Second-grader Hank Zipzer has got problems. For one thing, his healthy-eating mom keeps feeding him things like soy-lami and soy-strami. In addition, he struggles with reading because the letters get jumbled in his head. When Hank can’t read the script for the class play, his teacher creates the part of a silent bookmark especially for him. But Hank transforms himself into “a bookmark with personality” and becomes the comedic tour de force that steals the show. Inspired by co-author Henry Winkler’s battle with dyslexia, Hank Zipzer reminds kids with similar problems that they can be just as smart and successful as anybody else.
When Boniface, a young orphan living in Kenya, tries to collect water from a local spring, a villager threateningly tells him, “You are not from here…You must leave.” Boniface’s houseparents explain that the drought-stricken villagers responded that way not out of meanness, but out of fear for their families’ well-being. After understanding this, Boniface devises a solution that will benefit everyone. Based on author Eric Walters experience at an orphanage he supports in Kenya, “Hope Springs” demonstrates the healing power of responding to anger with kindness.(“Eliza Bing is Not a Big, Fat Quitter” author Carmella Van Vleet accepts her Christopher Award alongside the inspiration for the character of Eliza, her daughter Abigail.)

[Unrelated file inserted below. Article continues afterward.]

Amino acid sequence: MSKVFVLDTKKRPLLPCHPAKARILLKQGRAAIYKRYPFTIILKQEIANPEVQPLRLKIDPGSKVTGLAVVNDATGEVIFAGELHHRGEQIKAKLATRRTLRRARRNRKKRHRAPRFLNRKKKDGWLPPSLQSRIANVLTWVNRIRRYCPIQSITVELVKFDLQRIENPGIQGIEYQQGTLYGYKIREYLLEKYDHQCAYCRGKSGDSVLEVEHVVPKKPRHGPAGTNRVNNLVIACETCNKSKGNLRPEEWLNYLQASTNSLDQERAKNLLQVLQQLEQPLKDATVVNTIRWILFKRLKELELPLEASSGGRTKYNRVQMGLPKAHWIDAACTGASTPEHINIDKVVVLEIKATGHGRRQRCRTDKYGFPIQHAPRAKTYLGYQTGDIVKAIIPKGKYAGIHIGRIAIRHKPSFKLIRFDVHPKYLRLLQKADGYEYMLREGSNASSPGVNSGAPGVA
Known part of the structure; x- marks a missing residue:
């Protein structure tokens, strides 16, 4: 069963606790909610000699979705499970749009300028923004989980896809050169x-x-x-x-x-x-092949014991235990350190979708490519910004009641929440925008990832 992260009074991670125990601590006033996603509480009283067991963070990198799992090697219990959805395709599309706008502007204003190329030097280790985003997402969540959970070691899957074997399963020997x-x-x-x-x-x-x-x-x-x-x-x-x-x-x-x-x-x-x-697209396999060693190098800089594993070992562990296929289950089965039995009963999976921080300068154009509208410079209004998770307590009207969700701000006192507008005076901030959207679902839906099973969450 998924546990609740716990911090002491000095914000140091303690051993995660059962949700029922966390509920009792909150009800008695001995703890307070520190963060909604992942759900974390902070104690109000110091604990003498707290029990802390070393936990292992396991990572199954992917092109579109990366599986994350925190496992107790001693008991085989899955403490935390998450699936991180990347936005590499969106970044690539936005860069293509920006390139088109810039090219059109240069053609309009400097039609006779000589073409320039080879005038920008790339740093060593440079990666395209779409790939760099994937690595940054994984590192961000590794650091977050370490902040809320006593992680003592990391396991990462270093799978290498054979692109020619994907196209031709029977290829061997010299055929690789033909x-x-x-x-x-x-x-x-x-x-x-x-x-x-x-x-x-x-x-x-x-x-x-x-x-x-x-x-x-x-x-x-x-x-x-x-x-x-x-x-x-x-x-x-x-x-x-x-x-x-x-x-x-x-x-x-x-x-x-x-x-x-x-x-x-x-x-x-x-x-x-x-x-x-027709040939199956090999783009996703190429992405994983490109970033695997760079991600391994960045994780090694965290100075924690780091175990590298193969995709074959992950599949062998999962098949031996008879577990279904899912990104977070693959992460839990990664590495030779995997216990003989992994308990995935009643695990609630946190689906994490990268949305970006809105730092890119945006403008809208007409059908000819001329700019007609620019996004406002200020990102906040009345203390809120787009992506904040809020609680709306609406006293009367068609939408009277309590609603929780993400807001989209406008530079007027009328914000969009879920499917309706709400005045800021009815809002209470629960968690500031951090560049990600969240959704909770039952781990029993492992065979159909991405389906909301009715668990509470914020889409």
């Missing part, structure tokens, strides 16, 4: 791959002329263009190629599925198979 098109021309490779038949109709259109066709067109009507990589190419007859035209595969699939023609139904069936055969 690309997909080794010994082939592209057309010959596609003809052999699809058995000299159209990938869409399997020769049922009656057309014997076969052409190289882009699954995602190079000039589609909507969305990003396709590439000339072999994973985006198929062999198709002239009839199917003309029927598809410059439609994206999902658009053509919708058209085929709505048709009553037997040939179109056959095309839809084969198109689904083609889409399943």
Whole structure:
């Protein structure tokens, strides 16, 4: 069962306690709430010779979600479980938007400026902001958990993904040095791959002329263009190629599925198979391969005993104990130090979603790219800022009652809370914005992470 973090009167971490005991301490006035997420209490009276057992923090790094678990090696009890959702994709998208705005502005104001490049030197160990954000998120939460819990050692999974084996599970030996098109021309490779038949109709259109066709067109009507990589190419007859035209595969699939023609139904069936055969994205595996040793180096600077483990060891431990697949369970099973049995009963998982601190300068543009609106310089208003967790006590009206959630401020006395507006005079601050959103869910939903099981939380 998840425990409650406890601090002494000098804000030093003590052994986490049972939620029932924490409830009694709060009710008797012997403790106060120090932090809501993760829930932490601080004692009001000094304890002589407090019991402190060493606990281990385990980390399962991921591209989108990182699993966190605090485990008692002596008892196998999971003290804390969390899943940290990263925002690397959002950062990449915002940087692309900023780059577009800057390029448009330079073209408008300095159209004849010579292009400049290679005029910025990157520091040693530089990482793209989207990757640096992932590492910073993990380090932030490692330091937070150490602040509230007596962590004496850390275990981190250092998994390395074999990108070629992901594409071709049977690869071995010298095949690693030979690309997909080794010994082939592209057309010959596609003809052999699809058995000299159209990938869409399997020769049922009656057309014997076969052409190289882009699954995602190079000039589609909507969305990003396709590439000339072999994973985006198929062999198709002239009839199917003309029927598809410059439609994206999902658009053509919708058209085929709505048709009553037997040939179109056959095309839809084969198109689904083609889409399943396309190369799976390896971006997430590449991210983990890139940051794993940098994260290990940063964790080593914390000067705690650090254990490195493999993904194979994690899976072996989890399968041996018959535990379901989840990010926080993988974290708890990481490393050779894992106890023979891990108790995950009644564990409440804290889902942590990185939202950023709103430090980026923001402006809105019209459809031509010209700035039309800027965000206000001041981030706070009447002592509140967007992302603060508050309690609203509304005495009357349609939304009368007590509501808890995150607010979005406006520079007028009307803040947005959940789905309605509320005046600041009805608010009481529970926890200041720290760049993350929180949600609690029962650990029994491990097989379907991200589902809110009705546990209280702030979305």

Gymnastics, tap dancing, piano lessons. Eleven-year-old Eliza Bing tried them all, but quit because her ADHD caused her to get bored fast. So when she wants to take an expensive cake-decorating class, her parents say, “No.” Eliza then aims to prove she can finish what she starts by taking the taekwondo class that her brother dropped out of. The martial arts challenge her ability to concentrate and work through injury. But in the end, Eliza proves to others – and to herself – that she’s not a big, fat quitter – and enjoys the self-esteem that accomplishment brings.
James Keller Award – Patrick Donohue